The Choteau Montanan (Choteau, Mont.) 1913-1925, July 03, 1914, Image 1

What is this?
Optical character recognition (OCR) is an automated process that converts a digital image containing numbers and letters into computer-readable numbers and letters. The search engine used on this web site searches OCR-generated text for the word or phrase you are looking for. Please note that OCR is not 100 percent accurate. If the original image is blurry, has extraneous marks, or contains ornate font styles or very small text, the OCR process will produce nonsense characters, extraneous spaces, and other errors, such as those you may see on this page. In addition, the OCR process cannot interpret images and may ignore them or render them as strings of nonsense characters. Despite these drawbacks, OCR remains a powerful tool for making newspaper pages accessible by searching.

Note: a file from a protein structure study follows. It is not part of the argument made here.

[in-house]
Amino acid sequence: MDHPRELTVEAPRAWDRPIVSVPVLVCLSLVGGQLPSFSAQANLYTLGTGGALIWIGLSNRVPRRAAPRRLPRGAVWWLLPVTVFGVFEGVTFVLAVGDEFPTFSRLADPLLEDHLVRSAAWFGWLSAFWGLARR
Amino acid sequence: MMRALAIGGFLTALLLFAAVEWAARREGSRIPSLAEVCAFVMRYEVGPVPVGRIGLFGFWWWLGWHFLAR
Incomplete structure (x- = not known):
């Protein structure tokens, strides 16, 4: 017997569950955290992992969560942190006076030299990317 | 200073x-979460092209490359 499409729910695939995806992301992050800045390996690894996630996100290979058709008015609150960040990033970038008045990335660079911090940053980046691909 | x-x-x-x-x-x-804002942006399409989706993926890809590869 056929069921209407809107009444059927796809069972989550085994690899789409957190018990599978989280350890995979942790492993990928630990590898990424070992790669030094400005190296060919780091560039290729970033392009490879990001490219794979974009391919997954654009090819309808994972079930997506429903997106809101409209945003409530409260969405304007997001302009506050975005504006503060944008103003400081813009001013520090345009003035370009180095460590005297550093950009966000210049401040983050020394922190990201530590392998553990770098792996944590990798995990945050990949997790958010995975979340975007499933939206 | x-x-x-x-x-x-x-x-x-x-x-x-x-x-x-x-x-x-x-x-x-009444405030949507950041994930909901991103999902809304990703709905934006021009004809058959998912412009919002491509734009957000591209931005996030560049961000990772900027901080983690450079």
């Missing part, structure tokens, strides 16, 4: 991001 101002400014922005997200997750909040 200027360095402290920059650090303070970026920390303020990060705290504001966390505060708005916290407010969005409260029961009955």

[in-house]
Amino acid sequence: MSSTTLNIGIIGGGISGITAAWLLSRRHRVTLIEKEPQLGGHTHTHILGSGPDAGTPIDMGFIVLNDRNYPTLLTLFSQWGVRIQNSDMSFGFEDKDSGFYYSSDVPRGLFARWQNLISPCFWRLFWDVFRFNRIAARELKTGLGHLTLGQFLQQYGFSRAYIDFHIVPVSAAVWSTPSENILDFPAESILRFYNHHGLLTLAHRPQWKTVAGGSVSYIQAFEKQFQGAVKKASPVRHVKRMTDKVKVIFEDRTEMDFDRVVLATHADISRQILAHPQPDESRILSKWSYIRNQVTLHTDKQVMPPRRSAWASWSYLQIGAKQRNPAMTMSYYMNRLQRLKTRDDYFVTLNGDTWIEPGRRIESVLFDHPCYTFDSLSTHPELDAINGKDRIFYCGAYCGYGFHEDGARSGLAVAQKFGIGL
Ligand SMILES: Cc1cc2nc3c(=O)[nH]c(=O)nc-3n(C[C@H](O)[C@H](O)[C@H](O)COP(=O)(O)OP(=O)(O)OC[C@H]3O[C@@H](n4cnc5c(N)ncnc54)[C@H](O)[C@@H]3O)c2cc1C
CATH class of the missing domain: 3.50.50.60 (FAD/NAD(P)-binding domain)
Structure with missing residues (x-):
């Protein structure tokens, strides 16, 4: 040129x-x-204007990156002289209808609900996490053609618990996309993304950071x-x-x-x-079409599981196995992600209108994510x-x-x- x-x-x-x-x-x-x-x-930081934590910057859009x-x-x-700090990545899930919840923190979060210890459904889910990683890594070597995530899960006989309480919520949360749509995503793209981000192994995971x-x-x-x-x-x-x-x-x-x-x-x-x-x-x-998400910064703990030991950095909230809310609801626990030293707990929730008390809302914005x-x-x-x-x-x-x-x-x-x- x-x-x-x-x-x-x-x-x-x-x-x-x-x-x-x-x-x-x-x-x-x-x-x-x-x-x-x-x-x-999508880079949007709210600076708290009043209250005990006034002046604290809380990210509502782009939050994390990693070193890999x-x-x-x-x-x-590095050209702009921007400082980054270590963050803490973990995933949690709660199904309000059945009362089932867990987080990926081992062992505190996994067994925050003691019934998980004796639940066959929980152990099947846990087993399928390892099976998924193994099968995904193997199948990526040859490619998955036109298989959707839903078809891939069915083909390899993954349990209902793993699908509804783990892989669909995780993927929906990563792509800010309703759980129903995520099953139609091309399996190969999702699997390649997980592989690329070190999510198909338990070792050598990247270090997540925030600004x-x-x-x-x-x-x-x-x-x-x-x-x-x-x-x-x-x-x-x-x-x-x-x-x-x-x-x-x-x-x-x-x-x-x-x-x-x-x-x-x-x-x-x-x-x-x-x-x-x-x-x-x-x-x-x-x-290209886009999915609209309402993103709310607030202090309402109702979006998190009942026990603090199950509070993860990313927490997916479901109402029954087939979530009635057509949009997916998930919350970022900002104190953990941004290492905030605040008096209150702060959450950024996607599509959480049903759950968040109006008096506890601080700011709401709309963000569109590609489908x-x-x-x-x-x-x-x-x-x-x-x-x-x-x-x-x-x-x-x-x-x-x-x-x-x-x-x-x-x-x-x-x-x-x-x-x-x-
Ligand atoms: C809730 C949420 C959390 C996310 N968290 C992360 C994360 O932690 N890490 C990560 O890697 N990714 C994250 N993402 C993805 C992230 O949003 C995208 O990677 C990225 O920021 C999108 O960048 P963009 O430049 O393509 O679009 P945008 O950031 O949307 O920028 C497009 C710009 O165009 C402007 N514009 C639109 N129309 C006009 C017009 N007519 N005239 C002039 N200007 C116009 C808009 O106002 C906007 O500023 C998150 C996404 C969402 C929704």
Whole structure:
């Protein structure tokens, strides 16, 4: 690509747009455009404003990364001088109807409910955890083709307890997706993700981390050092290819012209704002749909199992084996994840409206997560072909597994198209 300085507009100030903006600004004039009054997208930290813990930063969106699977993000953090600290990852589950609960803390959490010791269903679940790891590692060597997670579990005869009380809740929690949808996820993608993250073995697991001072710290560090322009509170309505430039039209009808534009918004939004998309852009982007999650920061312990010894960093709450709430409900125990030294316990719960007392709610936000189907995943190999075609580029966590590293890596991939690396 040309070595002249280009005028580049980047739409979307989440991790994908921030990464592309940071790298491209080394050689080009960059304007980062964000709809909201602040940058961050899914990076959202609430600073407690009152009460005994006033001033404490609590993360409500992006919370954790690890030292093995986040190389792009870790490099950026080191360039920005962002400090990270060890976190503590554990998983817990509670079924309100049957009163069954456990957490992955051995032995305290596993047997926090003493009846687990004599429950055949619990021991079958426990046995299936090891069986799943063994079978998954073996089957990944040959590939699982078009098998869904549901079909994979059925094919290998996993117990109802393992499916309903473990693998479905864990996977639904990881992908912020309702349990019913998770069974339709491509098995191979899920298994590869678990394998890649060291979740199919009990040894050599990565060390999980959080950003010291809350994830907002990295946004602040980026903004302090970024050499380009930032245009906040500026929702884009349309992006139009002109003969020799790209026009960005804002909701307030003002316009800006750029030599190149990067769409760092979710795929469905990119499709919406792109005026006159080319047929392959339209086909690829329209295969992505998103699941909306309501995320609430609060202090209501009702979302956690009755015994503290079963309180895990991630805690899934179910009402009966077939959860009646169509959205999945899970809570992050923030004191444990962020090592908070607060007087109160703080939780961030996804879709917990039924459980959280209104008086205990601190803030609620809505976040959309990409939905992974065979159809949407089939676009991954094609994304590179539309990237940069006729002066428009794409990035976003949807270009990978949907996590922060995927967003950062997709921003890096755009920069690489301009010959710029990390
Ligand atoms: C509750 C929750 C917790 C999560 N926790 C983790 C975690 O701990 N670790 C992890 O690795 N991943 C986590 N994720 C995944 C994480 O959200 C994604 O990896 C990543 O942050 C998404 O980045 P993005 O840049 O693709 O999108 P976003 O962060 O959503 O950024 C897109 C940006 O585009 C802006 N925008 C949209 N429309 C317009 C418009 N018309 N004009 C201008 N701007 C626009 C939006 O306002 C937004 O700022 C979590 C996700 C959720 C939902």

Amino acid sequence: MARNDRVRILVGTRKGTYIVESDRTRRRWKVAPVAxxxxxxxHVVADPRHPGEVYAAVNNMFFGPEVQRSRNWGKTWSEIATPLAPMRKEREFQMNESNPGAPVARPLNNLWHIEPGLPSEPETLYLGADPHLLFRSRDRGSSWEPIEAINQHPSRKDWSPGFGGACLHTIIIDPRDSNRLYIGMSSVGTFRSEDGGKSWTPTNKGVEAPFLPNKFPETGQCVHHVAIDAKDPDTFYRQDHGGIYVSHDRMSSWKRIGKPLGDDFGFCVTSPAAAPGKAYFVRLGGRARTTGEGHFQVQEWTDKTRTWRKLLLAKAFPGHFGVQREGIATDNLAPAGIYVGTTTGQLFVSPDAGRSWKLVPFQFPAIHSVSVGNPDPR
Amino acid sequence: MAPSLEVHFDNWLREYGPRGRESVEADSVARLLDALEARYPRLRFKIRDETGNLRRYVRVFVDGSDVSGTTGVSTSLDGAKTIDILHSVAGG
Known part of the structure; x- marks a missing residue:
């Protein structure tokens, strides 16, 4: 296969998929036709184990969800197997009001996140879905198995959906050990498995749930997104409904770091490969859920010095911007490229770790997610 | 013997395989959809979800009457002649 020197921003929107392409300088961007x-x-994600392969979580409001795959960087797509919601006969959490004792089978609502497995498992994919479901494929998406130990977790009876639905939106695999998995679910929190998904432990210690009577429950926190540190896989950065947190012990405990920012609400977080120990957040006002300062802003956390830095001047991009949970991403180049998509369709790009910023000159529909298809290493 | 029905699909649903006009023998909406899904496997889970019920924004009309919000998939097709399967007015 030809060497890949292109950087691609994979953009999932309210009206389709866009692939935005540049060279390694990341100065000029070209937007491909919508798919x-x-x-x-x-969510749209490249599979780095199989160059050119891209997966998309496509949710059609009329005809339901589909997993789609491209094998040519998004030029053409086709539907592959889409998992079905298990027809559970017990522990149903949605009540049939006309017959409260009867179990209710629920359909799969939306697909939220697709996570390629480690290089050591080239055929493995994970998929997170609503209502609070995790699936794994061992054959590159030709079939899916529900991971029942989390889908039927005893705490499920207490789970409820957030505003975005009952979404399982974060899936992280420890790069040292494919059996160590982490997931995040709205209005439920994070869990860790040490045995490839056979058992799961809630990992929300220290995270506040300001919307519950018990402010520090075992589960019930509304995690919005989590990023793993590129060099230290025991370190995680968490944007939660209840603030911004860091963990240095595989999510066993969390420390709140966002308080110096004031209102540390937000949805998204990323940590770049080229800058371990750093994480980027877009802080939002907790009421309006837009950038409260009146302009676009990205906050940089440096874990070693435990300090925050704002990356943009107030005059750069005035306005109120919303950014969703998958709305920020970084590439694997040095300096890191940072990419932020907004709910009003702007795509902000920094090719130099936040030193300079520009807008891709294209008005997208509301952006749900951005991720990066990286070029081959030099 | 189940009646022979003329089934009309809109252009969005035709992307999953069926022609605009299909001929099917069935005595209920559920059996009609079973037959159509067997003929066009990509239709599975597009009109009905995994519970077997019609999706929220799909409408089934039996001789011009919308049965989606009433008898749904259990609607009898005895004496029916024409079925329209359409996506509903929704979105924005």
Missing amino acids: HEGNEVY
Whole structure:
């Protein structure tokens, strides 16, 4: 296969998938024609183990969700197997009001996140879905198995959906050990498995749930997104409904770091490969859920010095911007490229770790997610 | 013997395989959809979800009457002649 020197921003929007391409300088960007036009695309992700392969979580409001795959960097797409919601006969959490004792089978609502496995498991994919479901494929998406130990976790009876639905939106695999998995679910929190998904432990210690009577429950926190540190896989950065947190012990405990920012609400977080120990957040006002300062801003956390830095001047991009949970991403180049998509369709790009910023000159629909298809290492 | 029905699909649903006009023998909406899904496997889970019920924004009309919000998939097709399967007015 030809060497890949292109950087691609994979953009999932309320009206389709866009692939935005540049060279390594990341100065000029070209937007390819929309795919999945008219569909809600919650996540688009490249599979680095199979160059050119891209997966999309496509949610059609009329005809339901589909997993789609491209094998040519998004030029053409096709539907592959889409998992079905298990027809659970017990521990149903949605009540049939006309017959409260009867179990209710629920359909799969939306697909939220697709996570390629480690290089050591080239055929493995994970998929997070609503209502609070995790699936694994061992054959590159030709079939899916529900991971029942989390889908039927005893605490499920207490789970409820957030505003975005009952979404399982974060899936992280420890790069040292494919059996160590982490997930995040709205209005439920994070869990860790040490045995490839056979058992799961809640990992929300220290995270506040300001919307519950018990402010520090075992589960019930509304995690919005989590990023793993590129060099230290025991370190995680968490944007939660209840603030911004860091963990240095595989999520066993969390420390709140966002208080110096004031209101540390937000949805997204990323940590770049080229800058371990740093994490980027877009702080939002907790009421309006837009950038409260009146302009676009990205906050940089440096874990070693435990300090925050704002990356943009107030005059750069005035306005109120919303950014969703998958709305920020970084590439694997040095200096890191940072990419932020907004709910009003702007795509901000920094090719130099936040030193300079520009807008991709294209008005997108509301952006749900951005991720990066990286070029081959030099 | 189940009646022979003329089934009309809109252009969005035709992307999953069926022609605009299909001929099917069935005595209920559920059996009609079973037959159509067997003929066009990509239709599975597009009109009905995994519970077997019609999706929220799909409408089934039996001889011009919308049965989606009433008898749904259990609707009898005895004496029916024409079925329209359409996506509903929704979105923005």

×